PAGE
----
When Sophia Albanese began high school, she traded the dance stage for the volleyball court, moving on from several years of classical ballet training to take on a new adventure in sports. The experience of being on a team has been a refreshing change for the Cornelia Connelly High School senior.
“Ballet was always so individual. It’s just really great to be on a team,” says Albanese. “It’s so much fun to get to know your teammates. It’s nice to have that bond.”
But the four-year varsity player acknowledges how her dance background has assisted in her transition to volleyball in knowing how to use her body and how to not get caught up in the comparison game.
“It’s difficult starting off a sport so late in your life. Having that ballet training did help. I know how my body works; I know how to move it,” says the 17-year-old. “Comparing yourself is kind of scary and difficult, but you have to learn not to compare yourself to other people.”
As the team’s sole captain, and dealing with an injury to start the season, Albanese rose to the challenge when called upon to lead the Koalas.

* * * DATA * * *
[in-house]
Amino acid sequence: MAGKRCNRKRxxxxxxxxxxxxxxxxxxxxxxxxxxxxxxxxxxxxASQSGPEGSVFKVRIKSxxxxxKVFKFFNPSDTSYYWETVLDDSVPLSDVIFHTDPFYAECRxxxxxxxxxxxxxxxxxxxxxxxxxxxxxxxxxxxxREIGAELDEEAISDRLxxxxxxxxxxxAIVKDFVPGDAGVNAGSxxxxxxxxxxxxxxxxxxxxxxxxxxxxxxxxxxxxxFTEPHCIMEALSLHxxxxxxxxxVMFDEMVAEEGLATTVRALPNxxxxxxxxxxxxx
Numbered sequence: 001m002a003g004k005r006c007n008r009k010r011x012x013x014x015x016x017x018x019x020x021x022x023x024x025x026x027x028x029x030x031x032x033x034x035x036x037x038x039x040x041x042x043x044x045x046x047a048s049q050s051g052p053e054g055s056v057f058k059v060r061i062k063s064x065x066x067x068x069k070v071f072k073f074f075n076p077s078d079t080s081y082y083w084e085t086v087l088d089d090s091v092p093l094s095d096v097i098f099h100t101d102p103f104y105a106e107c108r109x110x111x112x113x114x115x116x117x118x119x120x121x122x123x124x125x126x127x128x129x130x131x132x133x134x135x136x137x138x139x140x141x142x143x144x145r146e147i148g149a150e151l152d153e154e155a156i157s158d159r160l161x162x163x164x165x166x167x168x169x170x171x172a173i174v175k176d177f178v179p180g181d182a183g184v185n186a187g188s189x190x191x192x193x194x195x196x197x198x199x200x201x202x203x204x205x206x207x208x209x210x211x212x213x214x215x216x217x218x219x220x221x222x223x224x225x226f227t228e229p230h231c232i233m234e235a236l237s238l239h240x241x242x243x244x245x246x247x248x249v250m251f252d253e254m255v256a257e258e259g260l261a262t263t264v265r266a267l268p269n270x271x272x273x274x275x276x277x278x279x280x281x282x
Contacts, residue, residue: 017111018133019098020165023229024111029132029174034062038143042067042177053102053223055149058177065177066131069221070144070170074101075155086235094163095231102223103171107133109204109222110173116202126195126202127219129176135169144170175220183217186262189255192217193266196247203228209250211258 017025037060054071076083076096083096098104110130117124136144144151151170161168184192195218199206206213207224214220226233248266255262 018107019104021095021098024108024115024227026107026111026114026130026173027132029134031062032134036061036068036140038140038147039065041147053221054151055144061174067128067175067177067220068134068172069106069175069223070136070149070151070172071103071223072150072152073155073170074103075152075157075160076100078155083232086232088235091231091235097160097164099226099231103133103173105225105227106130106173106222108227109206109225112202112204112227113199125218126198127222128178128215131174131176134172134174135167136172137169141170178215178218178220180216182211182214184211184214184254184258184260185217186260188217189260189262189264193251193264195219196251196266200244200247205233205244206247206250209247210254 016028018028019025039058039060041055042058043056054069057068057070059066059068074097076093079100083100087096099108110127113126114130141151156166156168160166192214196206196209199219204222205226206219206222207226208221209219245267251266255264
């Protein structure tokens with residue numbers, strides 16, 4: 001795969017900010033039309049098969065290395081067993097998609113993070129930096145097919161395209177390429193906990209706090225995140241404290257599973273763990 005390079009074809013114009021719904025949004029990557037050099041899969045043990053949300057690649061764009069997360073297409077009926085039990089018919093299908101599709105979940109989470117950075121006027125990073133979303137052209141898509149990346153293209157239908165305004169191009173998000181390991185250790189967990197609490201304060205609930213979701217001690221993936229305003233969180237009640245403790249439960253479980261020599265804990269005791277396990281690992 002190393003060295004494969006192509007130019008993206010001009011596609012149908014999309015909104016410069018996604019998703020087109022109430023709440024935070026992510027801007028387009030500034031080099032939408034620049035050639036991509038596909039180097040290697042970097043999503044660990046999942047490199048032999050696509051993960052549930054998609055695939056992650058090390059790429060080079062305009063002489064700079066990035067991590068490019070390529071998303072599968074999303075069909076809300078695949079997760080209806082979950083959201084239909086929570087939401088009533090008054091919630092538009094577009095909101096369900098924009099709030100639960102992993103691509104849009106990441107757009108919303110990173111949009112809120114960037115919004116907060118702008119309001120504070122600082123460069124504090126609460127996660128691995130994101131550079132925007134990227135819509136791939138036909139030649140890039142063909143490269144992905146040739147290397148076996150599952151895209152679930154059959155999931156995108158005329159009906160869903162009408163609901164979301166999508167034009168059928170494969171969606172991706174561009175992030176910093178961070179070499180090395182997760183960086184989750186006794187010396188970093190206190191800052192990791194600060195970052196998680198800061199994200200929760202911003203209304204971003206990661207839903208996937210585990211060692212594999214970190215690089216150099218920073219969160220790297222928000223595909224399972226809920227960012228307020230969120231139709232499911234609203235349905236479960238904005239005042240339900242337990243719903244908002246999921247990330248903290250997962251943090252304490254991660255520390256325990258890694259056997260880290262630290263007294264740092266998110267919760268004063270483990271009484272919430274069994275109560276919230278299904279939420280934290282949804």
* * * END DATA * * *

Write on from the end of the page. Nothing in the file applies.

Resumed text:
“Starting off your senior year injured isn’t what any athlete would want, but Sophia didn’t let that stop her from instantly stepping into the leadership role,” says Connelly’s head volleyball coach, Megan Marrujo. “We asked a lot of Sophia. We asked her to change her position and challenged her to become an all around player. Sophia has grown into an outstanding volleyball player and leader over the past four years. We can’t wait to see what the future holds for her in college.”
Playing in her final high school year, Albanese reflects on how the team aspect of the sport and their collective focus on faith has impacted her time at Connelly.
“Volleyball is such a team sport. Every single person on the court matters so much,” says Albanese. “We always keep God in mind when we’re playing. We don’t pray to win. We just want to do our best.”
Away from volleyball, Albanese is a participant on Connelly’s Mock Trial team. She also serves her community through National Charity League, where she enjoys helping people and making a difference.
The Whittier resident is looking into college options, hoping to find an academic fit while being able to continue her volleyball career. Albanese is grateful for her mom’s guidance, which allows her to be herself and encourages her when the road gets rough.
“I’d have to say my mom (is my role model), because I’m a perfectionist. So if I don’t do my best…I will get really down on myself,” says Albanese. “She’s always there for me to keep me going, reassuring me that it’s okay to not be perfect. It’s really great to have a person like that in my life.”